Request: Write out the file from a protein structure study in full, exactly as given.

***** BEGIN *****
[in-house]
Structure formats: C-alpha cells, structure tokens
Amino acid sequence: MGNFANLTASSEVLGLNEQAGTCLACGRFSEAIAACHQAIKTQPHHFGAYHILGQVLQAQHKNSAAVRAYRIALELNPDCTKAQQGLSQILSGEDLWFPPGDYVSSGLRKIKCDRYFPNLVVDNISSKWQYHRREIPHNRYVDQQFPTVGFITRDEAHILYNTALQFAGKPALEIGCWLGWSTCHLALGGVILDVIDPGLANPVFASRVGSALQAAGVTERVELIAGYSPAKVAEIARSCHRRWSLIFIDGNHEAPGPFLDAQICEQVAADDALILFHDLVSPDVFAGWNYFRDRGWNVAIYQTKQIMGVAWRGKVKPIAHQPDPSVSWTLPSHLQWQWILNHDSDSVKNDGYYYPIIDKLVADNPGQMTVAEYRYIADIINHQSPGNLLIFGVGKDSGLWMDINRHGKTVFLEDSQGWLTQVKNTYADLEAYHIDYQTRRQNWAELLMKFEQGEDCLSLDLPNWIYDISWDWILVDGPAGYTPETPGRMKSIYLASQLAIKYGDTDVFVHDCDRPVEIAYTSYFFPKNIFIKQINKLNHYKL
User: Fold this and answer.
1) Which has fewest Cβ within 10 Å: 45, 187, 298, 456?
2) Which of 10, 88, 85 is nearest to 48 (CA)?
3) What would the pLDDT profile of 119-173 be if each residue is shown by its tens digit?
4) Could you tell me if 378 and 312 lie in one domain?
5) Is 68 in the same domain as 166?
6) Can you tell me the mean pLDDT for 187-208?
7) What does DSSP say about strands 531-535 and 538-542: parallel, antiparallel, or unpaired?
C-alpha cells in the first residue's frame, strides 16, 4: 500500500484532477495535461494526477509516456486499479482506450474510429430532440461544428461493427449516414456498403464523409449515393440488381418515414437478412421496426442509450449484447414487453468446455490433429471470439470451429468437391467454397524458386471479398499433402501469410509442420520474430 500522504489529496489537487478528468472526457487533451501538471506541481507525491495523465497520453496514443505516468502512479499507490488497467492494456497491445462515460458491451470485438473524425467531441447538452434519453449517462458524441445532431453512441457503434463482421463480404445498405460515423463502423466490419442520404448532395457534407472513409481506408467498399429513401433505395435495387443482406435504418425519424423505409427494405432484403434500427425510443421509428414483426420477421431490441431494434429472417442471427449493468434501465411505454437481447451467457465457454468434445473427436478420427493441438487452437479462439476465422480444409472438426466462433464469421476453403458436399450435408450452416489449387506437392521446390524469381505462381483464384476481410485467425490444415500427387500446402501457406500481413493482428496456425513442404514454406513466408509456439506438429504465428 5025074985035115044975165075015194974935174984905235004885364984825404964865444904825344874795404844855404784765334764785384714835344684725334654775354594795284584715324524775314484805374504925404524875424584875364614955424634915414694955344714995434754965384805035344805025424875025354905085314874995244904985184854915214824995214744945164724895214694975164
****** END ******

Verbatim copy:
[in-house]
Structure formats: C-alpha cells, structure tokens
Amino acid sequence: MGNFANLTASSEVLGLNEQAGTCLACGRFSEAIAACHQAIKTQPHHFGAYHILGQVLQAQHKNSAAVRAYRIALELNPDCTKAQQGLSQILSGEDLWFPPGDYVSSGLRKIKCDRYFPNLVVDNISSKWQYHRREIPHNRYVDQQFPTVGFITRDEAHILYNTALQFAGKPALEIGCWLGWSTCHLALGGVILDVIDPGLANPVFASRVGSALQAAGVTERVELIAGYSPAKVAEIARSCHRRWSLIFIDGNHEAPGPFLDAQICEQVAADDALILFHDLVSPDVFAGWNYFRDRGWNVAIYQTKQIMGVAWRGKVKPIAHQPDPSVSWTLPSHLQWQWILNHDSDSVKNDGYYYPIIDKLVADNPGQMTVAEYRYIADIINHQSPGNLLIFGVGKDSGLWMDINRHGKTVFLEDSQGWLTQVKNTYADLEAYHIDYQTRRQNWAELLMKFEQGEDCLSLDLPNWIYDISWDWILVDGPAGYTPETPGRMKSIYLASQLAIKYGDTDVFVHDCDRPVEIAYTSYFFPKNIFIKQINKLNHYKL
User: Fold this and answer.
1) Which has fewest Cβ within 10 Å: 45, 187, 298, 456?
2) Which of 10, 88, 85 is nearest to 48 (CA)?
3) What would the pLDDT profile of 119-173 be if each residue is shown by its tens digit?
4) Could you tell me if 378 and 312 lie in one domain?
5) Is 68 in the same domain as 166?
6) Can you tell me the mean pLDDT for 187-208?
7) What does DSSP say about strands 531-535 and 538-542: parallel, antiparallel, or unpaired?
C-alpha cells in the first residue's frame, strides 16, 4: 500500500484532477495535461494526477509516456486499479482506450474510429430532440461544428461493427449516414456498403464523409449515393440488381418515414437478412421496426442509450449484447414487453468446455490433429471470439470451429468437391467454397524458386471479398499433402501469410509442420520474430 500522504489529496489537487478528468472526457487533451501538471506541481507525491495523465497520453496514443505516468502512479499507490488497467492494456497491445462515460458491451470485438473524425467531441447538452434519453449517462458524441445532431453512441457503434463482421463480404445498405460515423463502423466490419442520404448532395457534407472513409481506408467498399429513401433505395435495387443482406435504418425519424423505409427494405432484403434500427425510443421509428414483426420477421431490441431494434429472417442471427449493468434501465411505454437481447451467457465457454468434445473427436478420427493441438487452437479462439476465422480444409472438426466462433464469421476453403458436399450435408450452416489449387506437392521446390524469381505462381483464384476481410485467425490444415500427387500446402501457406500481413493482428496456425513442404514454406513466408509456439506438429504465428 5025074985035115044975165075015194974935174984905235004885364984825404964865444904825344874795404844855404784765334764785384714835344684725334654775354594795284584715324524775314484805374504925404524875424584875364614955424634915414694955344714995434754965384805035344805025424875025354905085314874995244904985184854915214824995214744945164724895214694975164